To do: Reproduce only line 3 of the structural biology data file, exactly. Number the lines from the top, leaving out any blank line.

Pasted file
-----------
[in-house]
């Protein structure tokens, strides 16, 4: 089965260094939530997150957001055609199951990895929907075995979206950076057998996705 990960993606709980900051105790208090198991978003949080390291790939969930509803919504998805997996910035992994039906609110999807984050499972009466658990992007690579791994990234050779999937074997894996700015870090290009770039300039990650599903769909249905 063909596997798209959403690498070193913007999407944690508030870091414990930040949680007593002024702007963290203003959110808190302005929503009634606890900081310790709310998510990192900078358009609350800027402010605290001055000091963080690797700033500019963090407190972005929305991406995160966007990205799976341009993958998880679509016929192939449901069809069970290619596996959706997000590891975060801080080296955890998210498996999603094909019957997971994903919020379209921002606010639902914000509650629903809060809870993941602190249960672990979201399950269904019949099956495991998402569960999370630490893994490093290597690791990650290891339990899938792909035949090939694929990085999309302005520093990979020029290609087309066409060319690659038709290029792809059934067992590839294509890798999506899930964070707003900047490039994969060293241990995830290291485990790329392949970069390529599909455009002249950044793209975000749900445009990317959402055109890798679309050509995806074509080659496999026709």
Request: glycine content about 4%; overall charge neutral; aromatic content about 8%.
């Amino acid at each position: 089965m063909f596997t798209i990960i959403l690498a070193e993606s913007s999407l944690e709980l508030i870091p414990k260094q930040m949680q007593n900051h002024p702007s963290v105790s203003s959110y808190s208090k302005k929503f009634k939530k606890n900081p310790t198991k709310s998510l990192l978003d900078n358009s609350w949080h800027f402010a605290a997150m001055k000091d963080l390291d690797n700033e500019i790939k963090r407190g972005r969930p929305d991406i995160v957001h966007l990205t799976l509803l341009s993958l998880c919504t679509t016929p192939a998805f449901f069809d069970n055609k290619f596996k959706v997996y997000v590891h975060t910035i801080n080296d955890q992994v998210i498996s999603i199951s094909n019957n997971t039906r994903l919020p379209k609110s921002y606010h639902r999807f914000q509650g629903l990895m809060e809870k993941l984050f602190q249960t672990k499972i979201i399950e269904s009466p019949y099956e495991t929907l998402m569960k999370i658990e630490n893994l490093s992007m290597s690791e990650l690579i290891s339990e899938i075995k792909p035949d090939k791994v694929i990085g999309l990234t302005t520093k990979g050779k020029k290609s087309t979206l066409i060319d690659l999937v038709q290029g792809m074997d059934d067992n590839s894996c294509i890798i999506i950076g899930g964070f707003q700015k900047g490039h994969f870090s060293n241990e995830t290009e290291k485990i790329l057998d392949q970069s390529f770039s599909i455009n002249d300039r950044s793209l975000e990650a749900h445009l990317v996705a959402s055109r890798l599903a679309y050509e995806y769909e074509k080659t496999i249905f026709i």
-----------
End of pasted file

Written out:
Request: glycine content about 4%; overall charge neutral; aromatic content about 8%.